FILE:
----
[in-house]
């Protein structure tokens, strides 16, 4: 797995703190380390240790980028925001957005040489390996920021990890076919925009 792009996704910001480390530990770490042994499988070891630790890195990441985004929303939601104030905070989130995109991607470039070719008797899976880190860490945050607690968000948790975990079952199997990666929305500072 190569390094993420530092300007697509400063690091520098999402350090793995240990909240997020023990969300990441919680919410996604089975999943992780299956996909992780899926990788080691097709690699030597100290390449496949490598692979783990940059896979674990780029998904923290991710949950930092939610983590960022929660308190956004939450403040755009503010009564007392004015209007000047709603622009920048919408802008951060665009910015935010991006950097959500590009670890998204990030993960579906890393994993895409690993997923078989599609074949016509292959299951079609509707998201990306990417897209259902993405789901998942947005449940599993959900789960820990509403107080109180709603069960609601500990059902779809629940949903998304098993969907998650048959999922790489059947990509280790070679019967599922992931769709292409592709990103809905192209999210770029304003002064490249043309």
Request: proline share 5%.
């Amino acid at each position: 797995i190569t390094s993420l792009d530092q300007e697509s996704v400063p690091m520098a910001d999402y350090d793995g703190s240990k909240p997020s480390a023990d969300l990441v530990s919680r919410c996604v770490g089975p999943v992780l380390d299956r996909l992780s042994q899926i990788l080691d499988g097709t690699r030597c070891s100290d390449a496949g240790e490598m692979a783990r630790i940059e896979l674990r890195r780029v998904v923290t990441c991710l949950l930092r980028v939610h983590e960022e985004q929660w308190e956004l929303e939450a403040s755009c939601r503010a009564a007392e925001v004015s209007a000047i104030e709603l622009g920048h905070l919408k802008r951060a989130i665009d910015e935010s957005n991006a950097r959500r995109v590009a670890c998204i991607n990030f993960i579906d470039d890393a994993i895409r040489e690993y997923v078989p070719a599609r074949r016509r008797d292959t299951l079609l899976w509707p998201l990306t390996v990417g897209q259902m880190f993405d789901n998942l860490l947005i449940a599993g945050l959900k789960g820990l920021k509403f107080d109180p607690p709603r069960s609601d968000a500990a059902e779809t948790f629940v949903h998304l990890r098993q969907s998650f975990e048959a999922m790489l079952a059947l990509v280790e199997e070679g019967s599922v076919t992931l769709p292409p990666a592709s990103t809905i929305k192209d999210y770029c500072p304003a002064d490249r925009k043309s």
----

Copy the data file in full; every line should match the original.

[in-house]
């Protein structure tokens, strides 16, 4: 797995703190380390240790980028925001957005040489390996920021990890076919925009 792009996704910001480390530990770490042994499988070891630790890195990441985004929303939601104030905070989130995109991607470039070719008797899976880190860490945050607690968000948790975990079952199997990666929305500072 190569390094993420530092300007697509400063690091520098999402350090793995240990909240997020023990969300990441919680919410996604089975999943992780299956996909992780899926990788080691097709690699030597100290390449496949490598692979783990940059896979674990780029998904923290991710949950930092939610983590960022929660308190956004939450403040755009503010009564007392004015209007000047709603622009920048919408802008951060665009910015935010991006950097959500590009670890998204990030993960579906890393994993895409690993997923078989599609074949016509292959299951079609509707998201990306990417897209259902993405789901998942947005449940599993959900789960820990509403107080109180709603069960609601500990059902779809629940949903998304098993969907998650048959999922790489059947990509280790070679019967599922992931769709292409592709990103809905192209999210770029304003002064490249043309």
Request: proline share 5%.
């Amino acid at each position: 797995i190569t390094s993420l792009d530092q300007e697509s996704v400063p690091m520098a910001d999402y350090d793995g703190s240990k909240p997020s480390a023990d969300l990441v530990s919680r919410c996604v770490g089975p999943v992780l380390d299956r996909l992780s042994q899926i990788l080691d499988g097709t690699r030597c070891s100290d390449a496949g240790e490598m692979a783990r630790i940059e896979l674990r890195r780029v998904v923290t990441c991710l949950l930092r980028v939610h983590e960022e985004q929660w308190e956004l929303e939450a403040s755009c939601r503010a009564a007392e925001v004015s209007a000047i104030e709603l622009g920048h905070l919408k802008r951060a989130i665009d910015e935010s957005n991006a950097r959500r995109v590009a670890c998204i991607n990030f993960i579906d470039d890393a994993i895409r040489e690993y997923v078989p070719a599609r074949r016509r008797d292959t299951l079609l899976w509707p998201l990306t390996v990417g897209q259902m880190f993405d789901n998942l860490l947005i449940a599993g945050l959900k789960g820990l920021k509403f107080d109180p607690p709603r069960s609601d968000a500990a059902e779809t948790f629940v949903h998304l990890r098993q969907s998650f975990e048959a999922m790489l079952a059947l990509v280790e199997e070679g019967s599922v076919t992931l769709p292409p990666a592709s990103t809905i929305k192209d999210y770029c500072p304003a002064d490249r925009k043309s």